Studies have shown that traveling actually makes you healthier, and our friends at YourTango have the reasons why.
So go on! Treat yourself to that dream vacay.
Traveling is fun. We love exploring, seeing new places, and getting away from the day-to-day routine of our lives.
But is it possible that, in addition to being an awesome escape and adventure, traveling is also incredibly good for your health?
1. Vacationing with other people adds to your feelings of well-being.
While referring to Gallup-Healthways Well-Being Index scores, Deborah Heisz, editorial director of Live Happy, says, “Forty-nine percent of Americans take regular trips or vacations, and those that go with family and friends have a significantly higher well-being than those who say they do not.
“Married Americans (56 percent) are most likely to take vacations with friends and family, followed by widowers (47 percent), single folks (43 percent), and those with a domestic partner (43 percent). People who are divorced (37 percent) or separated (30 percent) are least likely to regularly take such trips.”
2. Exploring new places reduces stress.
“Travel invites renewed activity in various parts of our whole being. On the physical level, one benefit of travel is how it gets people moving as they explore new terrain, visiting landmarks, museums, and parks, which are different and exciting, and stimulating on many levels.
Along the same line, travel creates more space and invites us into vacation mode, which helps reduce stress. In fact, one study showed that men who didn’t even take one annual vacation had a 30 percent higher chance of dying from heart disease.
In the mental realms, traveling keeps our brain active and stimulated in new ways as we take in unfamiliar information and continue the learning process. These types of activities have been shown to reduce the risk of Alzheimer’s by as much as 47 percent, says Danny Arguetty.
3. Looking at pictures of the trip evokes the same response as the vacation.
“In his study ‘Vacationers Happier, But Most Not Happier After a Vacation,’ published in the journal Applied Research in Quality of Life, Jeroen Nawijn, Ph.D., found that vacation length does not affect postvacation happiness and confirmed previous findings that a vacation’s positive effects are short-lived.
However, we can prolong our getaways’ positive effects by looking at photos, telling friends about the trip, and otherwise keeping vacation memories alive, says Heisz.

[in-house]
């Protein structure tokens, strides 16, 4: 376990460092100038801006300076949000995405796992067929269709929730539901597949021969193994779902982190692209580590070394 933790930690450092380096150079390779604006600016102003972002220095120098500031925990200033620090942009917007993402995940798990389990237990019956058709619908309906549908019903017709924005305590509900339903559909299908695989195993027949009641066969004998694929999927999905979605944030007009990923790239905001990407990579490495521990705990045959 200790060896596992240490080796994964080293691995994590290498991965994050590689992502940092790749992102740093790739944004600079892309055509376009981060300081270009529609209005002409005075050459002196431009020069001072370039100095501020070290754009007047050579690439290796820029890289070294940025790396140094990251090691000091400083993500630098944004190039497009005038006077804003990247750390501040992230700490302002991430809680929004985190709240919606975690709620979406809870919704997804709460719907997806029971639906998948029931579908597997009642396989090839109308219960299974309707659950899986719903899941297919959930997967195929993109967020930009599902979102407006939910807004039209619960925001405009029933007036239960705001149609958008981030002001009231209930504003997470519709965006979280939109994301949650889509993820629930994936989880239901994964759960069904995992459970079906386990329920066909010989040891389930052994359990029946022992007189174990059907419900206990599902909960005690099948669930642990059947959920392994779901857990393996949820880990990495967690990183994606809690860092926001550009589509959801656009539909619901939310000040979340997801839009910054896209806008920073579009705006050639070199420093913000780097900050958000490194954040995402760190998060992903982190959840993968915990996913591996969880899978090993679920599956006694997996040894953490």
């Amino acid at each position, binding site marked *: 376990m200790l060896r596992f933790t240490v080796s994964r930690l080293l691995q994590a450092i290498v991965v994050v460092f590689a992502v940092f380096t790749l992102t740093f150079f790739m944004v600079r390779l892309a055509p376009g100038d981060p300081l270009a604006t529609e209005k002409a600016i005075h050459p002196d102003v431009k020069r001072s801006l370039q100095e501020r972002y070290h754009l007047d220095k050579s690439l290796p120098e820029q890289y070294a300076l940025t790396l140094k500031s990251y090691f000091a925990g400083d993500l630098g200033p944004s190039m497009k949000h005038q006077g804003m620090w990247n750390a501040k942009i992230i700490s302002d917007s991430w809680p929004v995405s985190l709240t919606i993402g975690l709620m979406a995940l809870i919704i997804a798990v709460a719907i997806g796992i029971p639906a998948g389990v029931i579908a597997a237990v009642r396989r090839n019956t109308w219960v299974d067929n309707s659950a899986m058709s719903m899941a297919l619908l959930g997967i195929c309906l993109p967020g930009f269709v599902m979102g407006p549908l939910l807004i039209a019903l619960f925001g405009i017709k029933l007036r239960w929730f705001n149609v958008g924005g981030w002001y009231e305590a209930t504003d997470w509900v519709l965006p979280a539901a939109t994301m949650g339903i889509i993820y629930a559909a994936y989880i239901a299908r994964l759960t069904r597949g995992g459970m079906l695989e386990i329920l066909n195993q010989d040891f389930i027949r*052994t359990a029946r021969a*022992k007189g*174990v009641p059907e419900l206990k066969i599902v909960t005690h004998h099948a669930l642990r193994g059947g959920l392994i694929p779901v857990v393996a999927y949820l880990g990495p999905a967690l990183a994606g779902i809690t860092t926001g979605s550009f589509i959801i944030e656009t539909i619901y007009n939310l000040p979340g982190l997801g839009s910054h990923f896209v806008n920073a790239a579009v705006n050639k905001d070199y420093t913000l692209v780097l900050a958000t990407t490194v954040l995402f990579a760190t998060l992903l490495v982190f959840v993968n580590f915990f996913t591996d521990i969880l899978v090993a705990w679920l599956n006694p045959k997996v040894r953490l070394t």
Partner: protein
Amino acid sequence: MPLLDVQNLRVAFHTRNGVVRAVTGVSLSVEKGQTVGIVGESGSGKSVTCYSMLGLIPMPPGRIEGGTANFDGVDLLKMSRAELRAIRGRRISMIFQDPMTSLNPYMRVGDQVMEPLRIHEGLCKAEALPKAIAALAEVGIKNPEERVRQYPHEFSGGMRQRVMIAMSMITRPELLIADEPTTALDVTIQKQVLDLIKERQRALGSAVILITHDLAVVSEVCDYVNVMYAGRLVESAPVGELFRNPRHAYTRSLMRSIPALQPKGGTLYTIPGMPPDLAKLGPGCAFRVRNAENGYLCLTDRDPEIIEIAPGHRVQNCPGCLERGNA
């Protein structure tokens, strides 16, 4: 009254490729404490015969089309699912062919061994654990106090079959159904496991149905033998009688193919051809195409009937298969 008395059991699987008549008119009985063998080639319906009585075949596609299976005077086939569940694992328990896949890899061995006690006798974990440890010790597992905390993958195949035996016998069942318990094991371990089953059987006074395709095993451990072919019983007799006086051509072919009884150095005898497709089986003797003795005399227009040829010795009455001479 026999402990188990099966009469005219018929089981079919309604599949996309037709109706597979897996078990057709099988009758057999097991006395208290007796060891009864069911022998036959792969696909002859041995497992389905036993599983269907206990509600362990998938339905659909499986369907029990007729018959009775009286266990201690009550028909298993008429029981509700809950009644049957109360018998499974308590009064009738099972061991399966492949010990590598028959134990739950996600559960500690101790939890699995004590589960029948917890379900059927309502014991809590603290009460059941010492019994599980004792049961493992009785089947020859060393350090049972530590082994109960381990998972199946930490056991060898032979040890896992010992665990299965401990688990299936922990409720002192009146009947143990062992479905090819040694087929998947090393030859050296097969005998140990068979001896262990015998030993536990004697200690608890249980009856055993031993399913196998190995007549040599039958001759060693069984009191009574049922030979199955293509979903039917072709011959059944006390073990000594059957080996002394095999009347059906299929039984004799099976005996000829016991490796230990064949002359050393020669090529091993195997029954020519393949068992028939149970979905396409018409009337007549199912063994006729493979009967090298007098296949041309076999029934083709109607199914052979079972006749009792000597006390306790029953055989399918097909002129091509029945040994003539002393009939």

4. Breaking from the everyday routine resets your body and mind.
For the team at WorldNomads.com, travel is about making a healthy break from the routine. Programs marketing manager Alicia Crosariol says travel gives her a break from her work to breathe, think, and decompress.
She says, “You’re walking around all day in a new place and not sitting at a desk. Plus, it opens you up to a variety of new foods, many of which can be healthy. Think of all the tropical fruit in Southeast Asia and the amazing, fresh sushi in Japan.”
5. Trying new things keeps your brain healthy.
Ruth Curran, MS, is a brain-injury survivor and author of Being Brain Healthy. She discusses neuroplasticity (the idea your brain can bend and change) and how forcing your brain to experience new things through travel is one of the best ways to get neurons to fire.
Curran says, “Enhanced sensory stimulation when you travel ¡ª like new tastes, smells, and textures, along with doing things outside your normal routine ¡ª are vital to keeping your brain healthy, a key part of overall health.”
6. People who camp have higher levels of happiness.
Children who camp in the great outdoors at least once a year go on to do better at school, as well as being healthier and happier, according to their parents.
Mark Koep, founder of CampgroundViews.com, says, “Camping is one of the last true bastions of freedom left to modern people. I would argue that the simple act of traveling and adventure may be the link that leads to the findings in these studies.”
7. Traveling overseas boosts your creativity.
There’s a hypothesis that traveling overseas makes you more creative. Hajar Ali is the founder of Urbane Nomads, a travel company specializing in luxury travel to remote places.
Ali says, “In a month’s time, I’m moving to Midhurst, UK, for three months to learn polo . . . Aside from the challenge, I believe getting myself out of the comfort zone of being somewhere familiar would be something that I could do right now, presenting me with new/creative ways of looking at things as well as a greater confidence in myself.”
This study examines the correlation between foreign experience and designer creativity. Those who lived and worked in too many different countries tended to be superficial in their engagements, thus not allowing for the maximum creative benefits from foreign experience.
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